The Healthy Church Hub

It can be extremely difficult to navigate the restless waters of ministry for church leaders. Staying the course can be a challenge with the shifts in culture, numerous responsibilities, online criticism, and more.

In this episode, we sat down with Mike Minter, to talk through the challenges church leaders face in today’s culture, healthy rhythms to practice, and how to stay the course while increasing the longevity of your ministry.

Root Causes of Why Pastors Are Leaving Ministry

One of the latest surveys from The Barna Group shows that “38% of church leaders have considered leaving ministry this year.” This statistic may be surprising but for those in the church, it can feel relatable as many have faced the challenges and turbulence of ministry, specifically over the past three years.

But what are some of the root causes that are making church leaders want to leave? Most have to do with the extreme pressure many leaders are under that creates feelings of being overwhelmed, stressed, and exhausted. Here are three things that may be leading to that:

  • High ministry standards: Far beyond business standards, church leaders are called to follow standards that include ethics, morals, church doctrine, and living above reproach. The bar is set high for church leaders and can feel overwhelming to maintain.
  • Criticism: In today’s world, sometimes the loudest criticism comes from critics online. Pastors now face immediate criticism due to technology.
  • Multi-Tasking: If you are hired in the church, you most likely are required to wear a lot of hats and handle responsibilities far beyond your role – all while doing each task and job extremely well.

So how do you overcome these pressures? It’s important to have a strong team beside you who are humble, can help you carry the load, and alleviate tension and stress.

3 Warning Signs for Ministry Burnout

Although it can be hard to see clearly when you may begin to hit burnout, here are three warning signs to look for as a church leader and solutions to help you stay the course.

  1. Exhaustion
    • Solution: Ask for a break and be honest with those around you about your workload.
  2. Insecurity
    • Solution: Be careful who you take feedback from. Not everyone’s feedback is helpful or true.
  3. Feeling pressure to live up to expectations
    • Solution: Give yourself grace. You can’t do it all by yourself. Ask for help.

Remember to always go back to the question “Was I called to this?” and remember who called you. Your job description is to be faithful to what God has called you to, yield to His truth, preach the Word, and let Him do the miraculous. God never said that it would be easy. Lean into Him being your strength when you feel weak and rest on His truth.

The Importance of Friendship in Ministry

Friendship plays a vital role in the life of church leaders. It’s essential to have people around you who attend the church and are also leaders of the church. By having friends in both places, you will be able to have people speak into your life from different angles.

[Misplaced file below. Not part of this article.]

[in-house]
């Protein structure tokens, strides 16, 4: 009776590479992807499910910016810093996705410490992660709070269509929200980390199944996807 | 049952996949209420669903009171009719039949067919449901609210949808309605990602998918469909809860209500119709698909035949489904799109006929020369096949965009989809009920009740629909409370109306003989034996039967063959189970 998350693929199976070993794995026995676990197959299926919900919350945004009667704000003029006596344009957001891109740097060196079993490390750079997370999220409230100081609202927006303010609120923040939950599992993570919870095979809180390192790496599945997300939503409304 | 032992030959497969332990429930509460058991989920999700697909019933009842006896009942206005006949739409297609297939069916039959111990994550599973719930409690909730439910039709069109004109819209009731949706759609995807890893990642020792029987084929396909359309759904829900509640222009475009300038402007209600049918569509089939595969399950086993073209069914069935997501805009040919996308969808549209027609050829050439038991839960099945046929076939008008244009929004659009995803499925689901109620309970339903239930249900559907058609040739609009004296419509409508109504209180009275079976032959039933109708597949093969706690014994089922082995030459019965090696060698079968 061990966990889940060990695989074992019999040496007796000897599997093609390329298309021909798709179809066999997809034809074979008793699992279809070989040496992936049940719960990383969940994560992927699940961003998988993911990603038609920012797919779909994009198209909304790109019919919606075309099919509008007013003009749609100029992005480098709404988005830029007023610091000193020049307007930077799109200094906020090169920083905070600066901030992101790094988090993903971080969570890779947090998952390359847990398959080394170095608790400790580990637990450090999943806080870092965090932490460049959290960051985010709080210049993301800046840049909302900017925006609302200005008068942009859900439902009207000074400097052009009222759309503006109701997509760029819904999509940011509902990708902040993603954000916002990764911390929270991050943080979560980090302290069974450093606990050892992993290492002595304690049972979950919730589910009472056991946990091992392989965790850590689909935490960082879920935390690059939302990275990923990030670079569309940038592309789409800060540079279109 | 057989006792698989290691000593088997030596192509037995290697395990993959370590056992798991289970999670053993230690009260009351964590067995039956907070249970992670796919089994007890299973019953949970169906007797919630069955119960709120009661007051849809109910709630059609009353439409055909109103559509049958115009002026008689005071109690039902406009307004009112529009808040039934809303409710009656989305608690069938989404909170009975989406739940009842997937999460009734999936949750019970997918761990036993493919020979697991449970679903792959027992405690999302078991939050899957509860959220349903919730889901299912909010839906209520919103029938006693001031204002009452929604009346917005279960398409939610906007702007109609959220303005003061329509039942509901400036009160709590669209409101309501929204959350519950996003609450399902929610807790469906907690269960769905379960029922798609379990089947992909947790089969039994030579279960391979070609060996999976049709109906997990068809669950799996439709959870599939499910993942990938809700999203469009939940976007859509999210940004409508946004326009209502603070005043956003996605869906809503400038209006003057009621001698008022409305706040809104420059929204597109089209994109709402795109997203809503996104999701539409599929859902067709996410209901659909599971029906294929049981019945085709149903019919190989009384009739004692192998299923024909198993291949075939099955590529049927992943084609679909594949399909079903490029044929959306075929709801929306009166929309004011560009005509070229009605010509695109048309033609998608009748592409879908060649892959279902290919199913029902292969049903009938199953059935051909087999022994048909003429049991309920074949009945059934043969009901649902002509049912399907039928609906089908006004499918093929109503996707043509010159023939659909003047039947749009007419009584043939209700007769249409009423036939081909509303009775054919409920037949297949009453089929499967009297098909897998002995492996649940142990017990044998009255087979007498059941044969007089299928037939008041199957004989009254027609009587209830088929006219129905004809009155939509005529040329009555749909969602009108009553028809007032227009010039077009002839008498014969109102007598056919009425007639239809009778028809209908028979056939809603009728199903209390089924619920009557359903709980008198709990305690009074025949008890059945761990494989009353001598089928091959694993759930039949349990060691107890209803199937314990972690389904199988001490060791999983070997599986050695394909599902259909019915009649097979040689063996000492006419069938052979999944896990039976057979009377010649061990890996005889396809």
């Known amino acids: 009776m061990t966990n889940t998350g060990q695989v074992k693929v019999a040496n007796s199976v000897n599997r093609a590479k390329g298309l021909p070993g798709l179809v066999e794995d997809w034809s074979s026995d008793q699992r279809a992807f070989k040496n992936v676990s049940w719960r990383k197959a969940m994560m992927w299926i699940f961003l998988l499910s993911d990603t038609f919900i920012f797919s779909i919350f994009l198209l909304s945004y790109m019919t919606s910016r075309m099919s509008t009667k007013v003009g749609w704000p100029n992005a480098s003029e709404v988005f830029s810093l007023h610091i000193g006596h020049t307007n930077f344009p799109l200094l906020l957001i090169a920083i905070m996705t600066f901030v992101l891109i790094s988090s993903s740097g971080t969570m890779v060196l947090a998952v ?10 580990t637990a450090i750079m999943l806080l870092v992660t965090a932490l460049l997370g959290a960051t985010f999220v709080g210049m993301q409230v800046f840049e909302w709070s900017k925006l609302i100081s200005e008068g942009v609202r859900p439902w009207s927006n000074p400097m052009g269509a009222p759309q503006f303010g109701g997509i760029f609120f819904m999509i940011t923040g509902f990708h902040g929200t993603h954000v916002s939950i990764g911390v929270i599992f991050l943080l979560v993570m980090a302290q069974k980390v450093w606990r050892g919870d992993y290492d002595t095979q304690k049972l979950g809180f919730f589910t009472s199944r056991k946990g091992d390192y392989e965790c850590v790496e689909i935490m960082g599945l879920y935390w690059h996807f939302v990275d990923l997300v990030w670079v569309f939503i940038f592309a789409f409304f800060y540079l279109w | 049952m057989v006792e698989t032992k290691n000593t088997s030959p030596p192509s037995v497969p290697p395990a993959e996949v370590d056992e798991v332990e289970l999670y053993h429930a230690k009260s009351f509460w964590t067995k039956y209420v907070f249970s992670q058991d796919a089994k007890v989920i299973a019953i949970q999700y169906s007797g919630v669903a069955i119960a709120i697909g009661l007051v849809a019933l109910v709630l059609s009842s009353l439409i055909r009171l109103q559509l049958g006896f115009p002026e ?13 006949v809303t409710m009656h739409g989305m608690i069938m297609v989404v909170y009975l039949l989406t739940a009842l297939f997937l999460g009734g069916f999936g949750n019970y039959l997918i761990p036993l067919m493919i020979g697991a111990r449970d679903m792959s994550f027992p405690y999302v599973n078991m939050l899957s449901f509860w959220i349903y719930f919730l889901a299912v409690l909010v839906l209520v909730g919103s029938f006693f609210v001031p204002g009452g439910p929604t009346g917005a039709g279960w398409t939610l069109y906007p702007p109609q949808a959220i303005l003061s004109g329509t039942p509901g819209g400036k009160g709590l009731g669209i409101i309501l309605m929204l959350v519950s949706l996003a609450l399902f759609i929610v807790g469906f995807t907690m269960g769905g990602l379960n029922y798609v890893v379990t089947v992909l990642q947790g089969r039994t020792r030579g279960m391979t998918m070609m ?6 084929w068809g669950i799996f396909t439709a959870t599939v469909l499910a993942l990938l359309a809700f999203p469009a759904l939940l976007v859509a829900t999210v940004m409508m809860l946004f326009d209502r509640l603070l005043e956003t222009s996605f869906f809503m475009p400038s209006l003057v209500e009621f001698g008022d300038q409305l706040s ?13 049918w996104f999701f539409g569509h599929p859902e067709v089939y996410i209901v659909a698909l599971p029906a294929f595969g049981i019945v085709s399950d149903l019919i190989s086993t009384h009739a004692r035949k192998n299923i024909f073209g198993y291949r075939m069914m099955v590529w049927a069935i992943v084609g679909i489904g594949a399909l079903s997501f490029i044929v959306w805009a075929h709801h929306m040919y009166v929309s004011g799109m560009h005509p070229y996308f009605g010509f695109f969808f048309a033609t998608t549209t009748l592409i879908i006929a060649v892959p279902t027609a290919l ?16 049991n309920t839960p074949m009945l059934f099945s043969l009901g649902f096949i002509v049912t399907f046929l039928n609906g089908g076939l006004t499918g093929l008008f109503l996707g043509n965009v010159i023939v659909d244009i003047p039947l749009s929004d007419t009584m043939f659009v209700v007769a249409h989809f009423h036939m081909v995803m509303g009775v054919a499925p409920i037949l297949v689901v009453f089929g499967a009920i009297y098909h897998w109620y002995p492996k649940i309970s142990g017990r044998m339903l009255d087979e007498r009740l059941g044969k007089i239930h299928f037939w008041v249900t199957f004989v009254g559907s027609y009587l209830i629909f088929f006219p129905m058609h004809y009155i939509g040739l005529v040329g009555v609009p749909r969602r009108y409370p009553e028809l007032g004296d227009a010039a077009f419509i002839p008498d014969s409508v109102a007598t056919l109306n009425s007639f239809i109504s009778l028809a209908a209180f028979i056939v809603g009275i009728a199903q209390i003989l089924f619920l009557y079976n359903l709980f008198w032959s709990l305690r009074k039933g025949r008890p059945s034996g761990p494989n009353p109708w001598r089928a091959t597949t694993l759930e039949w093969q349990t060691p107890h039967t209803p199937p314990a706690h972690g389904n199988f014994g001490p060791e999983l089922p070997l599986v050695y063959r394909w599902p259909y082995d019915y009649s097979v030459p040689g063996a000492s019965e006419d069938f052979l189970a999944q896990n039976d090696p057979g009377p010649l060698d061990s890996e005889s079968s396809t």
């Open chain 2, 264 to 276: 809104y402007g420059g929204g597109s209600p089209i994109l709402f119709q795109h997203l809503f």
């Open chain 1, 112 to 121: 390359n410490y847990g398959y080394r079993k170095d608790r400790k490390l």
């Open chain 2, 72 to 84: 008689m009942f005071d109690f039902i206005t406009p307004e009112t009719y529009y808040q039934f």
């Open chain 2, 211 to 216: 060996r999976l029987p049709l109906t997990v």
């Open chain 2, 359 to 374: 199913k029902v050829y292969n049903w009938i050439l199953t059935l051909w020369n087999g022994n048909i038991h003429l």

Find those who you trust, respect, and who also know you well. This will allow you to be vulnerable and share the hard parts of your life and your ministry. As a result, these trusted friends can speak into your blind spots and help you fix your course of direction when you feel off.

Friendship is important, especially in ministry. When you have trusted friends to walk alongside you, speak truth into your life, and help keep you stay accountable, the longevity of your ministry will increase and help you be a great leader.

Four Healthy Rhythms to Practice

It can be easy to get stuck in the fast-paced race of ministry and forget our responsibilities as God’s children. Be reminded that we all need healthy rhythms and habits to help us stay the course. Here are four rhythms to practice:

  1. Prayer
  2. Time in God’s Word
  3. Solitude
  4. Having a team to help carry the load

Encouragement for Those Who Want to Leave the Church

Feeling overwhelmed, stressed, and tired of ministry? Whether you’ve considered leaving the church or not, here are some practical steps you can begin to take to help you evaluate.

  1. Identify the problem – What is causing you to limp in your leadership? You may feel exhausted by your responsibilities, overwhelmed by the number of meetings, or like you are working too hard. No matter what it may be, take some time to dig deep and figure out what is at the root.
  2. Seek out others – Find someone, either a counselor or a trusted friend, who can sit with you to help you navigate through what you are processing. These people can help you see what is true, what may be a lie, and what next steps you can take.

Be encouraged, you are not alone if you are feeling like you want to throw in the towel of ministry. Being a church leader is hard, but in our weaknesses, we can see God’s strength. Remember to go back to the gospel daily. If God called you to ministry, be faithful to follow Him and He will take care of the rest.

Footnote: The Barna Group Survey

Final Five:

Book: Dangerous Calling by Paul David Tripp
Last thing you listened to: CityAlight
Quote or advice: “Our lives should be so above reproach that if anyone were to criticize us, those who know us well, would not believe it,
One thing to communicate to church leaders: If you find yourself thinking you need to leave the ministry, I would encourage you to not make any impulsive decisions, no matter how overwhelmed you feel. Set some time aside to reflect and sit down with good friends and walk through what you are going through. Allow them to pick apart because they may see some exaggerated things in your life that you’re making up or an identity that you’ve taken on that isn’t true. If you’re not there, look for the warning lights and be aware.